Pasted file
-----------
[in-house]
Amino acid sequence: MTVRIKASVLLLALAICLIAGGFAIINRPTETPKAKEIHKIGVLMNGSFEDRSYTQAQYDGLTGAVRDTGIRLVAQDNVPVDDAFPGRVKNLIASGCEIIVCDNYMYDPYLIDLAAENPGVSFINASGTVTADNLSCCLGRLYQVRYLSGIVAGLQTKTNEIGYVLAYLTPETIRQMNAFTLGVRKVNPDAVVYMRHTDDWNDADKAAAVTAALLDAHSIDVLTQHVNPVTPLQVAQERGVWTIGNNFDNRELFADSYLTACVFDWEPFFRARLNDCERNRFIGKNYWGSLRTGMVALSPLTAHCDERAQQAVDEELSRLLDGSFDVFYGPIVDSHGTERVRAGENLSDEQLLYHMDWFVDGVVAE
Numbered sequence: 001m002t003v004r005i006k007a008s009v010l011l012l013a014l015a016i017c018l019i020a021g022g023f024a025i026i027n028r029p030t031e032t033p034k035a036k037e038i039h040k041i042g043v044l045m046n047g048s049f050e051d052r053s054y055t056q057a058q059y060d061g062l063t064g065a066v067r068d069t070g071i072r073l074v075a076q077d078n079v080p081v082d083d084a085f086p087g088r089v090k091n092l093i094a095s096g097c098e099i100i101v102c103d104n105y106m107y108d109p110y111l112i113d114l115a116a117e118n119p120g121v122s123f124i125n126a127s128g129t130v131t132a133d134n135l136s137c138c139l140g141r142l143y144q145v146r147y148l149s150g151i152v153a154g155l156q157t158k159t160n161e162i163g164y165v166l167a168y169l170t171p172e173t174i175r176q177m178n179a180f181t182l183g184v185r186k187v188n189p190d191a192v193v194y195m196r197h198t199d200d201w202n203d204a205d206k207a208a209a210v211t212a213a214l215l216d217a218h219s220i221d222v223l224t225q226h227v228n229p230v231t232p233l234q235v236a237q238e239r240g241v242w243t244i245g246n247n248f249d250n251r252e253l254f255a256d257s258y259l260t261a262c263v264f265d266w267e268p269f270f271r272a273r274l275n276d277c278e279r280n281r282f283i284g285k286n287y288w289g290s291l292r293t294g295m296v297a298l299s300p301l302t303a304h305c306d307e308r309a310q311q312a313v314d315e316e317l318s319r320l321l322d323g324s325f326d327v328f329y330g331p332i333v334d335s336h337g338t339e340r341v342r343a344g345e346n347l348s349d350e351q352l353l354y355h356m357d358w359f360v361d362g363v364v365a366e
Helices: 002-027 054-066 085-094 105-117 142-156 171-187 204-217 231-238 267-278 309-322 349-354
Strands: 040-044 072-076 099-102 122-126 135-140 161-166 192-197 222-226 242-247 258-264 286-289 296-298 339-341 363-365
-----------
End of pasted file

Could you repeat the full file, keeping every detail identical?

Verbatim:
[in-house]
Amino acid sequence: MTVRIKASVLLLALAICLIAGGFAIINRPTETPKAKEIHKIGVLMNGSFEDRSYTQAQYDGLTGAVRDTGIRLVAQDNVPVDDAFPGRVKNLIASGCEIIVCDNYMYDPYLIDLAAENPGVSFINASGTVTADNLSCCLGRLYQVRYLSGIVAGLQTKTNEIGYVLAYLTPETIRQMNAFTLGVRKVNPDAVVYMRHTDDWNDADKAAAVTAALLDAHSIDVLTQHVNPVTPLQVAQERGVWTIGNNFDNRELFADSYLTACVFDWEPFFRARLNDCERNRFIGKNYWGSLRTGMVALSPLTAHCDERAQQAVDEELSRLLDGSFDVFYGPIVDSHGTERVRAGENLSDEQLLYHMDWFVDGVVAE
Numbered sequence: 001m002t003v004r005i006k007a008s009v010l011l012l013a014l015a016i017c018l019i020a021g022g023f024a025i026i027n028r029p030t031e032t033p034k035a036k037e038i039h040k041i042g043v044l045m046n047g048s049f050e051d052r053s054y055t056q057a058q059y060d061g062l063t064g065a066v067r068d069t070g071i072r073l074v075a076q077d078n079v080p081v082d083d084a085f086p087g088r089v090k091n092l093i094a095s096g097c098e099i100i101v102c103d104n105y106m107y108d109p110y111l112i113d114l115a116a117e118n119p120g121v122s123f124i125n126a127s128g129t130v131t132a133d134n135l136s137c138c139l140g141r142l143y144q145v146r147y148l149s150g151i152v153a154g155l156q157t158k159t160n161e162i163g164y165v166l167a168y169l170t171p172e173t174i175r176q177m178n179a180f181t182l183g184v185r186k187v188n189p190d191a192v193v194y195m196r197h198t199d200d201w202n203d204a205d206k207a208a209a210v211t212a213a214l215l216d217a218h219s220i221d222v223l224t225q226h227v228n229p230v231t232p233l234q235v236a237q238e239r240g241v242w243t244i245g246n247n248f249d250n251r252e253l254f255a256d257s258y259l260t261a262c263v264f265d266w267e268p269f270f271r272a273r274l275n276d277c278e279r280n281r282f283i284g285k286n287y288w289g290s291l292r293t294g295m296v297a298l299s300p301l302t303a304h305c306d307e308r309a310q311q312a313v314d315e316e317l318s319r320l321l322d323g324s325f326d327v328f329y330g331p332i333v334d335s336h337g338t339e340r341v342r343a344g345e346n347l348s349d350e351q352l353l354y355h356m357d358w359f360v361d362g363v364v365a366e
Helices: 002-027 054-066 085-094 105-117 142-156 171-187 204-217 231-238 267-278 309-322 349-354
Strands: 040-044 072-076 099-102 122-126 135-140 161-166 192-197 222-226 242-247 258-264 286-289 296-298 339-341 363-365